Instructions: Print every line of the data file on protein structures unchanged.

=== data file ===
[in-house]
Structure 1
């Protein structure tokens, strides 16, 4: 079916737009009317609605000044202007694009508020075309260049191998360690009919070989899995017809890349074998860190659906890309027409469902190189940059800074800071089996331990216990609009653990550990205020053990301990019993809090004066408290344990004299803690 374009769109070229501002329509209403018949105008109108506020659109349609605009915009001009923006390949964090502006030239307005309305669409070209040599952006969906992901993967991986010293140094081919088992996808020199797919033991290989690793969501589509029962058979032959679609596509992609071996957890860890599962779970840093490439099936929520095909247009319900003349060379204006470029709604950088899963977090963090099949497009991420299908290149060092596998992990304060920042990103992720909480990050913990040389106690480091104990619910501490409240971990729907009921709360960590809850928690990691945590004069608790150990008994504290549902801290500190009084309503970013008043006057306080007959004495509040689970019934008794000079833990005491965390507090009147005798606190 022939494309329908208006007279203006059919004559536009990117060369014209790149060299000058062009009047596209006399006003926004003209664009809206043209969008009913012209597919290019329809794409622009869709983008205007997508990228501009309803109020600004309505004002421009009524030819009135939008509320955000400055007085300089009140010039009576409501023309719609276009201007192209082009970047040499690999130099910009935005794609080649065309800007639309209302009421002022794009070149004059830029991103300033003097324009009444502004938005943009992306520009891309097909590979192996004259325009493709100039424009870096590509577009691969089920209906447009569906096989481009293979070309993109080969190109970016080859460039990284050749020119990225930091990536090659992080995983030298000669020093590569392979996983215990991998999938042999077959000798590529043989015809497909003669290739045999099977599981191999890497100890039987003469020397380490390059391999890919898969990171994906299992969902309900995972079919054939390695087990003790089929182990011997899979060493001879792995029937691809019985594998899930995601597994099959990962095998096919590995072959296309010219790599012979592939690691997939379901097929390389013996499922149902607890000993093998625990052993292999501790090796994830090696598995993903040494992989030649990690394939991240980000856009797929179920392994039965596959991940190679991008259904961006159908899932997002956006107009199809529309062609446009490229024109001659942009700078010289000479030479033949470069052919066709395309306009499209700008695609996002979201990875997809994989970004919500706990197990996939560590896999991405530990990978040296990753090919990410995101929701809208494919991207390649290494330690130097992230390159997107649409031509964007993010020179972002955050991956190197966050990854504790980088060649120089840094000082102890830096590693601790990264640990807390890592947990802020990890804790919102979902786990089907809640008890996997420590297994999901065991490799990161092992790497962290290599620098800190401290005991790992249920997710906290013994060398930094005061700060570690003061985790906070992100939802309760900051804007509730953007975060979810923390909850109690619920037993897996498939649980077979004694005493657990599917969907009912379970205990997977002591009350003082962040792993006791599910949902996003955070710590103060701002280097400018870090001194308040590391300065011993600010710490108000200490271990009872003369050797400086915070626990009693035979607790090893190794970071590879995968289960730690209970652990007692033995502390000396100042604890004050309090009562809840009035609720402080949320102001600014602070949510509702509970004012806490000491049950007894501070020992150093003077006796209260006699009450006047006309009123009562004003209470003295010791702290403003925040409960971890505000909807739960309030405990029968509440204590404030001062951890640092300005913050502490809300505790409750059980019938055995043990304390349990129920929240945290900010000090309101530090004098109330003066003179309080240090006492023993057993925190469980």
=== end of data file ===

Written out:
[in-house]
Structure 1
């Protein structure tokens, strides 16, 4: 079916737009009317609605000044202007694009508020075309260049191998360690009919070989899995017809890349074998860190659906890309027409469902190189940059800074800071089996331990216990609009653990550990205020053990301990019993809090004066408290344990004299803690 374009769109070229501002329509209403018949105008109108506020659109349609605009915009001009923006390949964090502006030239307005309305669409070209040599952006969906992901993967991986010293140094081919088992996808020199797919033991290989690793969501589509029962058979032959679609596509992609071996957890860890599962779970840093490439099936929520095909247009319900003349060379204006470029709604950088899963977090963090099949497009991420299908290149060092596998992990304060920042990103992720909480990050913990040389106690480091104990619910501490409240971990729907009921709360960590809850928690990691945590004069608790150990008994504290549902801290500190009084309503970013008043006057306080007959004495509040689970019934008794000079833990005491965390507090009147005798606190 022939494309329908208006007279203006059919004559536009990117060369014209790149060299000058062009009047596209006399006003926004003209664009809206043209969008009913012209597919290019329809794409622009869709983008205007997508990228501009309803109020600004309505004002421009009524030819009135939008509320955000400055007085300089009140010039009576409501023309719609276009201007192209082009970047040499690999130099910009935005794609080649065309800007639309209302009421002022794009070149004059830029991103300033003097324009009444502004938005943009992306520009891309097909590979192996004259325009493709100039424009870096590509577009691969089920209906447009569906096989481009293979070309993109080969190109970016080859460039990284050749020119990225930091990536090659992080995983030298000669020093590569392979996983215990991998999938042999077959000798590529043989015809497909003669290739045999099977599981191999890497100890039987003469020397380490390059391999890919898969990171994906299992969902309900995972079919054939390695087990003790089929182990011997899979060493001879792995029937691809019985594998899930995601597994099959990962095998096919590995072959296309010219790599012979592939690691997939379901097929390389013996499922149902607890000993093998625990052993292999501790090796994830090696598995993903040494992989030649990690394939991240980000856009797929179920392994039965596959991940190679991008259904961006159908899932997002956006107009199809529309062609446009490229024109001659942009700078010289000479030479033949470069052919066709395309306009499209700008695609996002979201990875997809994989970004919500706990197990996939560590896999991405530990990978040296990753090919990410995101929701809208494919991207390649290494330690130097992230390159997107649409031509964007993010020179972002955050991956190197966050990854504790980088060649120089840094000082102890830096590693601790990264640990807390890592947990802020990890804790919102979902786990089907809640008890996997420590297994999901065991490799990161092992790497962290290599620098800190401290005991790992249920997710906290013994060398930094005061700060570690003061985790906070992100939802309760900051804007509730953007975060979810923390909850109690619920037993897996498939649980077979004694005493657990599917969907009912379970205990997977002591009350003082962040792993006791599910949902996003955070710590103060701002280097400018870090001194308040590391300065011993600010710490108000200490271990009872003369050797400086915070626990009693035979607790090893190794970071590879995968289960730690209970652990007692033995502390000396100042604890004050309090009562809840009035609720402080949320102001600014602070949510509702509970004012806490000491049950007894501070020992150093003077006796209260006699009450006047006309009123009562004003209470003295010791702290403003925040409960971890505000909807739960309030405990029968509440204590404030001062951890640092300005913050502490809300505790409750059980019938055995043990304390349990129920929240945290900010000090309101530090004098109330003066003179309080240090006492023993057993925190469980």